What Is Progressive Overload Training?

What Is Progressive Overload Training?

You may have heard the term, "progressive overload" a lot lately on social media. 

Progressive overload is when you gradually increase the weight, frequency, or number of repetitions in your strength training routine. This, over time, allows your body to get stronger and build more muscle. 


  • Increasing weight = going from 10 lb dumbbells to 12 lb dumbbells
  • Increasing frequency = going from doing 3 sets once a week to 3 sets twice a week
  • Increasing reps = going from hitting 145 lb squat for 8 reps to hitting a 145 lb squat for 10 reps

    Further explanation of each: 

    Increase volume:

    Week 1. Perform 8–10 squats with 115 lbs

    Week 3. Perform 10–12 squats with 115 lbs

    Week 5. Perform 12+ squats with 115 lbs

    Increase weight used:

    Week 1. Perform bicep curls with 10 pound weights.

    Week 4. Perform bicep curls with 12 pound weights.

    Week 8. Perform bicep curls with 15 pound weights.

    Another way to “progressive overload” that is underlooked is improving form.

    NO ONE has truly “perfect form”. Despite what many people say, everyone struggles in some aspect with form. Whether that’s mobility issues, flexibility issues, past injuries, lack of experience with lifting, etc. etc. Don't be hard on yourself, just continue to strive to be better. 

    You must master the compound lifts with proper form for you and your body. You should also be doing the same routine for at least 2 weeks — ideally a month — before you start to train significantly harder and strive to progressive overload in all your lifts. 

    For example, if you cannot properly perform a squat with little to no weight, you should not be trying to hit a weight PR.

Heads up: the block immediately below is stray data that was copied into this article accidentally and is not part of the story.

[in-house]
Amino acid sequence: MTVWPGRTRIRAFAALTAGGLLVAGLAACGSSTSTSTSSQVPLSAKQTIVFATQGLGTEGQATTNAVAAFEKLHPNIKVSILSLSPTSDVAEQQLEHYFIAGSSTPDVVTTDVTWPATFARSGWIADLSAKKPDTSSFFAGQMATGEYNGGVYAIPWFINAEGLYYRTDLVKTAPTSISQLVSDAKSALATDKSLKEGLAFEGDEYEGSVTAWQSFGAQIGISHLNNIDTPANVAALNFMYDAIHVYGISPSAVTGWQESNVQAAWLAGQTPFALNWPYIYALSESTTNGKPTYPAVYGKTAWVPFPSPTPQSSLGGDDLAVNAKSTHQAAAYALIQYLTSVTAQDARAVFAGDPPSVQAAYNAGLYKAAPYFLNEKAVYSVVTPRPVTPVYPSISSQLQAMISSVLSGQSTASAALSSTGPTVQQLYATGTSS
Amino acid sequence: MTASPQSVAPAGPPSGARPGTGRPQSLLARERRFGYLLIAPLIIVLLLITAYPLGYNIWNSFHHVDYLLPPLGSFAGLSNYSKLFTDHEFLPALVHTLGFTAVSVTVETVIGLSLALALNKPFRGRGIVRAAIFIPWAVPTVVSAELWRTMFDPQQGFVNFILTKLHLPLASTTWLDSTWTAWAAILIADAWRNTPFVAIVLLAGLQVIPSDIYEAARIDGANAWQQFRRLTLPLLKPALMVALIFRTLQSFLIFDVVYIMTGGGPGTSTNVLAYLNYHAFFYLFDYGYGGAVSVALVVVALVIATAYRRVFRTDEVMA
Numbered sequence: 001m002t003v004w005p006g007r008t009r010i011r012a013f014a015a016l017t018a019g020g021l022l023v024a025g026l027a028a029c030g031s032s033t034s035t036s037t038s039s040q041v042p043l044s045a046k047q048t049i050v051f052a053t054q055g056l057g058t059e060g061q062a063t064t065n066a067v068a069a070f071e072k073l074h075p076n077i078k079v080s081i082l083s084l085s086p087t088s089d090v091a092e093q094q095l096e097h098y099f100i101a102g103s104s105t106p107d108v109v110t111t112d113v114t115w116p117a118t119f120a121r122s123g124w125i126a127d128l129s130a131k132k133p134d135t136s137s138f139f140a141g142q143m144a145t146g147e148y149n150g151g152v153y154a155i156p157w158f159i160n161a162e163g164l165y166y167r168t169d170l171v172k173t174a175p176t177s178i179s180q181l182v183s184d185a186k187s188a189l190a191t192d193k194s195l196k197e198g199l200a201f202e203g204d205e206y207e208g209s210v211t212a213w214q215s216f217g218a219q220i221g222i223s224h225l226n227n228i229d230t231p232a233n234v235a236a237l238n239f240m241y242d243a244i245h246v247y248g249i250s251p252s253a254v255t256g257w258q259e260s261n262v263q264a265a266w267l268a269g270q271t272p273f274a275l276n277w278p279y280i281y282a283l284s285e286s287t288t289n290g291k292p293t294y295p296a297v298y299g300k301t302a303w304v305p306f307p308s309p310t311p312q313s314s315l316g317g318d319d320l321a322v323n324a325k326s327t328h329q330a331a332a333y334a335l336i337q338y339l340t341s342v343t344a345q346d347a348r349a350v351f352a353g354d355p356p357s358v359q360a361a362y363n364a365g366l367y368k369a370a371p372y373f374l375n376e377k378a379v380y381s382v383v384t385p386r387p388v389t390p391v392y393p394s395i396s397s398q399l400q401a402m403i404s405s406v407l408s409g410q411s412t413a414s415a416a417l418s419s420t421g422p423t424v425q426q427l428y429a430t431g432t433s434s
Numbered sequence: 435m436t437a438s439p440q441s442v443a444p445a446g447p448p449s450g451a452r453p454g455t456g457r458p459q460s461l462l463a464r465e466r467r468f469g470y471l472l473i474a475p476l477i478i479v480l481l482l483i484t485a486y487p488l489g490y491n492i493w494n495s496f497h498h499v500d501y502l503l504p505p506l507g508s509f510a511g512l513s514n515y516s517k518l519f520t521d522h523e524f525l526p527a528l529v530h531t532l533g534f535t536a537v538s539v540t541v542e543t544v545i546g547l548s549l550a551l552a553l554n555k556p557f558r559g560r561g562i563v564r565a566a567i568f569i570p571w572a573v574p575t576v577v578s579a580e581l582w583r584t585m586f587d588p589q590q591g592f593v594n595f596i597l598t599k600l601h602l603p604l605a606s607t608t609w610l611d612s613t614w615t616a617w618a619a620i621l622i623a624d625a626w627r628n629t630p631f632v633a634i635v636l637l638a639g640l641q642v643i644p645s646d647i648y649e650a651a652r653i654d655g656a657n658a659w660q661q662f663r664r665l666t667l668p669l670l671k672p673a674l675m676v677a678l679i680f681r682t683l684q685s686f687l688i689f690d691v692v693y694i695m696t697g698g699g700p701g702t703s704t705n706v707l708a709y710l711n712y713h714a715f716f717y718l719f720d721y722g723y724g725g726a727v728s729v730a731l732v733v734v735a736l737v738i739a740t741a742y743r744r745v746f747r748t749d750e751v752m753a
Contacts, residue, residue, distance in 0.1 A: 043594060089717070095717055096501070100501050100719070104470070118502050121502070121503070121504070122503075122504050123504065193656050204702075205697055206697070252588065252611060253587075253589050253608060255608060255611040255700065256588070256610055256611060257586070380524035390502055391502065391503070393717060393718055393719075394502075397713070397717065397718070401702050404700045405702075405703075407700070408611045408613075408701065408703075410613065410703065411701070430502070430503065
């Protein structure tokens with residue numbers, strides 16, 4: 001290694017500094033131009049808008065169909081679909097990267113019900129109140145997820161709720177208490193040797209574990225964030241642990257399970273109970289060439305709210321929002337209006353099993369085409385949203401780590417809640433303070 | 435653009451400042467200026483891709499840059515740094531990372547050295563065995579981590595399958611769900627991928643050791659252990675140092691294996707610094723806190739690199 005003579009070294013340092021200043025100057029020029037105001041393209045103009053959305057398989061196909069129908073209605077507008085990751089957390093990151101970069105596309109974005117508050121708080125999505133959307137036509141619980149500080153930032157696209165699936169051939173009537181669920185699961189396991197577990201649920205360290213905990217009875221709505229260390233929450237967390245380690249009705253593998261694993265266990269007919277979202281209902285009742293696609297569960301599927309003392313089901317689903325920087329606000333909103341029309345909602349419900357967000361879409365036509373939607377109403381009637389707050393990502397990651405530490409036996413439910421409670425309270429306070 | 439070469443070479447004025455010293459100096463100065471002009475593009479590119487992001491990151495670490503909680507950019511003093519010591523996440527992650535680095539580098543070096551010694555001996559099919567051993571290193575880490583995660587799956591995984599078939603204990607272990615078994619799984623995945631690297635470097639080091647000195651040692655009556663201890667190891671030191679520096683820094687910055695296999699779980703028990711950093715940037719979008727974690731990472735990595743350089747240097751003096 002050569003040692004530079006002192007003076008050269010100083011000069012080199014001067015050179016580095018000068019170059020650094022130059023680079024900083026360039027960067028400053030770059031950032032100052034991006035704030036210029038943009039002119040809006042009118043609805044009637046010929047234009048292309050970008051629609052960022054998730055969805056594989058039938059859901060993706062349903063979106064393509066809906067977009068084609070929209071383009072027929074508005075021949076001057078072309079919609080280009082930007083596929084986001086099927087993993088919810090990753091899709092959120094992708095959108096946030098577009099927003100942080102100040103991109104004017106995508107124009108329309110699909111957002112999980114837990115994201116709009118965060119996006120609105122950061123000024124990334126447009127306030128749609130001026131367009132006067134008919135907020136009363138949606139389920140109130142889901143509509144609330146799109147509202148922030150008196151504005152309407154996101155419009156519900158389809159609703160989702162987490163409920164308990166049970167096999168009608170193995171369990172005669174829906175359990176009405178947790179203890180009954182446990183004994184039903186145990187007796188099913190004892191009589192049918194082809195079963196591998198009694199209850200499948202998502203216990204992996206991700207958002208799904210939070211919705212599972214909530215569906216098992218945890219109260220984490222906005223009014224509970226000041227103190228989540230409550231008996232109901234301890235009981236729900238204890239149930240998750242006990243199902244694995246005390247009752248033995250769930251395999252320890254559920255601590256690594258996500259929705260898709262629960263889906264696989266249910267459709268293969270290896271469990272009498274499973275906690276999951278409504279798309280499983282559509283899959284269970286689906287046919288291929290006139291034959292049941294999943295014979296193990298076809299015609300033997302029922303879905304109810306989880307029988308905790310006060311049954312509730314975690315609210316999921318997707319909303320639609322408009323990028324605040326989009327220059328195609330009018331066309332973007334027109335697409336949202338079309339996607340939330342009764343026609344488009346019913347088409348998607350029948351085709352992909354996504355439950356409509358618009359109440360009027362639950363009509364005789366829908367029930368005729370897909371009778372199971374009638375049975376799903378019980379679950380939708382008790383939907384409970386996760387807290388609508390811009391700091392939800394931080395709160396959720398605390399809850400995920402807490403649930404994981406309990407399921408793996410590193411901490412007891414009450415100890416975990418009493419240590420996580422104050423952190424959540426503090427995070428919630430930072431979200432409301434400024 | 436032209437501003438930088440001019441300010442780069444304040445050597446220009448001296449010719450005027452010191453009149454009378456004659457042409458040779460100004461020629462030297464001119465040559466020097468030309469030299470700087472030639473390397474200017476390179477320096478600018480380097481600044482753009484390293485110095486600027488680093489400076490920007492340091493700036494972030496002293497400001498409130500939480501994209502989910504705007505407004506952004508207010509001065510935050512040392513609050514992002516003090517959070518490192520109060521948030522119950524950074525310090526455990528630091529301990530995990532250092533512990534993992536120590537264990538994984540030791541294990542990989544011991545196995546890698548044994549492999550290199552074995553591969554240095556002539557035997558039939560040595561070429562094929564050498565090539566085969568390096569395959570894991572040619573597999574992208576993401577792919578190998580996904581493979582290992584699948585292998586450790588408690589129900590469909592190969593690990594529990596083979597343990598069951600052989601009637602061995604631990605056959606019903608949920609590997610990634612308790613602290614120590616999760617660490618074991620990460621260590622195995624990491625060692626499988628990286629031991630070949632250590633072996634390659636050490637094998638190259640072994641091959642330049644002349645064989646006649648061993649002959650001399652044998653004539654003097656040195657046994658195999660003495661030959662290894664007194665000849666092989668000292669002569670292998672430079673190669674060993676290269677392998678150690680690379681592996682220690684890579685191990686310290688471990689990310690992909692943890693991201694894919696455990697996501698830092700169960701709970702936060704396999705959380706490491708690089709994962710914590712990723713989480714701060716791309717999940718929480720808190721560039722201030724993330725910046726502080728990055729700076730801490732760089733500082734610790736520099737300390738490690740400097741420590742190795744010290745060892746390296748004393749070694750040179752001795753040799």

Obviously, you can’t progressive overload forever and it will be a slow process after the “newbie” gains.

    One drawback and the most frustrating aspect of progressive overload training is that it must be done gradually. It can be dangerous to increase the load or frequency of your training too quickly, which can lead to injury.

    You won’t be able to add 25 lbs onto a squat PR easily. But like mentioned previously, adding another rep, another set, or adding 5 lbs to your lift is still a huge accomplishment to strive for.

    So, how do you apply this to your own training?

    Train hard. 

    If you squat for 4 sets of 10, those should be 4 CHALLENGING SETS.

    If it's not challenging, up the weight or strive for another rep or 2.

    If that’s still not challenging really up the weight.

    If you can only get 8 reps instead of 10 with that new weight, that’s okay! Awesome! That is a huge win in my book because then I know you’re truly PUSHING yourself. 

    If you notice a weight is becoming easy for you to do for X amount of reps, either up the weight or add another rep!

    Take note of what weights are challenging for you, especially with your compounds. When programing your own training, a standard protocol would be to schedule in weight progressions every 2-4 weeks.

    This is how to progressive overload! Simply put :)